In an escalation in the ongoing immigration battle, the Department of Justice filed a lawsuit against the state of Texas on Wednesday over a new law that would allow state police to detain immigrants who enter the United States illegally. The law, known as Senate Bill 4 (SB4), is set to take effect in March, sparking a new dispute between the federal government and Republican Governor Greg Abbott.
SB4 not only authorizes police anywhere in Texas to detain immigrants accused of illegal entry but also grants judges the authority to order their removal from the country. The lawsuit filed in a federal court in Austin seeks to declare this law unconstitutional, arguing that it violates the Supremacy Clause, which establishes that, in most cases, federal laws prevail over state laws.
The Department of Justice argues that “Texas cannot manage its immigration system,” and that SB4 “frustrates the United States’ immigration operations and procedures and interferes with the United States’ foreign relations.” Governor Abbott’s office did not immediately respond to requests for comments.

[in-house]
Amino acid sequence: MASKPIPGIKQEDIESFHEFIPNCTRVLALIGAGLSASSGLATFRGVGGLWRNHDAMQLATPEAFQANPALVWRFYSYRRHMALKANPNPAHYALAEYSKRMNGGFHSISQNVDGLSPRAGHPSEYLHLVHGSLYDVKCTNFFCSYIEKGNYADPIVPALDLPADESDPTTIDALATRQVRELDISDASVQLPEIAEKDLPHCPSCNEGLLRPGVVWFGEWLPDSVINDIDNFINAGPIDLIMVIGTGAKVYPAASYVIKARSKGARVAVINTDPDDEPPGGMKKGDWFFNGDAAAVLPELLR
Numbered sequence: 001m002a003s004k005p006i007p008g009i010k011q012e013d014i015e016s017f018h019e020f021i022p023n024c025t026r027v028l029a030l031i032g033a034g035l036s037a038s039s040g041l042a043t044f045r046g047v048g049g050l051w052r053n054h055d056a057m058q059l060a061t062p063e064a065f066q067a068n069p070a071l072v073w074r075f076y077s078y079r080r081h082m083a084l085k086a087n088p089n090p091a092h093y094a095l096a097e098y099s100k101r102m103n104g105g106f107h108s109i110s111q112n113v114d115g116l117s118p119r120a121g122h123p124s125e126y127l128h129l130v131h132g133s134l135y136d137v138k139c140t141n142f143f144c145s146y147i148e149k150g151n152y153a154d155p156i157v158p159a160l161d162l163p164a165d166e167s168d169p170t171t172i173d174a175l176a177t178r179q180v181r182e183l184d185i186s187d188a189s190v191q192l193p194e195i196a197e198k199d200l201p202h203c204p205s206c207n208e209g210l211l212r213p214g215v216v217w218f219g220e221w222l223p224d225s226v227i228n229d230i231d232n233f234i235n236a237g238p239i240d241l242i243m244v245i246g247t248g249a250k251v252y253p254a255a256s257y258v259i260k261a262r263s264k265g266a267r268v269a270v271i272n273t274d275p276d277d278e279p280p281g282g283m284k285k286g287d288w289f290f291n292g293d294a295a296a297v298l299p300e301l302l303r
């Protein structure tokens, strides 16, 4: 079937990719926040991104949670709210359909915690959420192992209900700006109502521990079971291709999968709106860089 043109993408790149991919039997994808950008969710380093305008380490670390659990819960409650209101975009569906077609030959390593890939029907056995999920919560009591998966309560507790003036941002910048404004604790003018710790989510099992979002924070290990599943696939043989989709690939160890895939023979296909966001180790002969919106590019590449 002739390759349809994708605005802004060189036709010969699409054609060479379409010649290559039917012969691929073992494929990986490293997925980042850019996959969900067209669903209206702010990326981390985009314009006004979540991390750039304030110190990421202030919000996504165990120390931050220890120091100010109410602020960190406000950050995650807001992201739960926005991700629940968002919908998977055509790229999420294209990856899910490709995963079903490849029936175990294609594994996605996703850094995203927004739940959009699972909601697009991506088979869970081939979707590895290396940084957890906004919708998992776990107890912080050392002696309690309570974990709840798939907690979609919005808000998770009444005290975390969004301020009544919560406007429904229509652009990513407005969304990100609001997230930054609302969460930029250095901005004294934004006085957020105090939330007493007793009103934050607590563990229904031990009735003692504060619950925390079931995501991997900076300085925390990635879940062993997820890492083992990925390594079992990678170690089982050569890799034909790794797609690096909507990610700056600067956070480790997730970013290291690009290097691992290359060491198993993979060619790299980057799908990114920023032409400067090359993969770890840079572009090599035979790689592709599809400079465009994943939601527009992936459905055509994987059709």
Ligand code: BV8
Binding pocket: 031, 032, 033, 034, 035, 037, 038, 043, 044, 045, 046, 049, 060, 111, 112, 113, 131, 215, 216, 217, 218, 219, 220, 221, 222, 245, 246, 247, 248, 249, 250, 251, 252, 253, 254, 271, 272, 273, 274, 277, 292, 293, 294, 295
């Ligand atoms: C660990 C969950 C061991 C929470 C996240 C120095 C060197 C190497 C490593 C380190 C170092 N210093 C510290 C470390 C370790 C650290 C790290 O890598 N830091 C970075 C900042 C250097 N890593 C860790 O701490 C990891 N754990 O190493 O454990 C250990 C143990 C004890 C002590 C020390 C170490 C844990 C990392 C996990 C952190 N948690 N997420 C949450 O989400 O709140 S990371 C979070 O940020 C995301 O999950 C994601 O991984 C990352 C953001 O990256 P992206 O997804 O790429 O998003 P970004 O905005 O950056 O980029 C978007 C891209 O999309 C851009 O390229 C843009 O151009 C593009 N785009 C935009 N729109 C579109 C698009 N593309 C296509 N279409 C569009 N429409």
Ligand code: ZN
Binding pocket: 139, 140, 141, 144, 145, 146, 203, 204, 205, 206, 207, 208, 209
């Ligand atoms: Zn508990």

Texas’ law has raised concerns among civil rights advocates and officials in El Paso County, who filed a similar lawsuit last month, describing it as an unconstitutional overreach. The confrontation intensifies as cities like New York and Chicago reject the arrival of immigrants sent by Abbott, while the state faces legal battles over other border measures, such as barbed wire and floating barriers in the Rio Grande.
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In response to the threat of legal action, Abbott claimed that the Biden administration “not only refuses to enforce current U.S. immigration laws but now wants to prevent Texas from enforcing laws against illegal immigration.”
This Wednesday, House Speaker Mike Johnson and about 60 Republicans visited the border city of Eagle Pass, the epicenter of Abbott’s $10 billion border initiative called Operation Lone Star. Johnson suggested the possibility of using the government funding deadline expiration to push for stricter border policies.
Illegal crossings along the U.S. southern border have surpassed 10,000 on several days in December, deemed “unprecedented” by U.S. Customs and Border Protection Commissioner Troy Miller.
The situation led to the temporary closure of railway crossings in Eagle Pass and El Paso last month, with full operations resuming on bridges this week.
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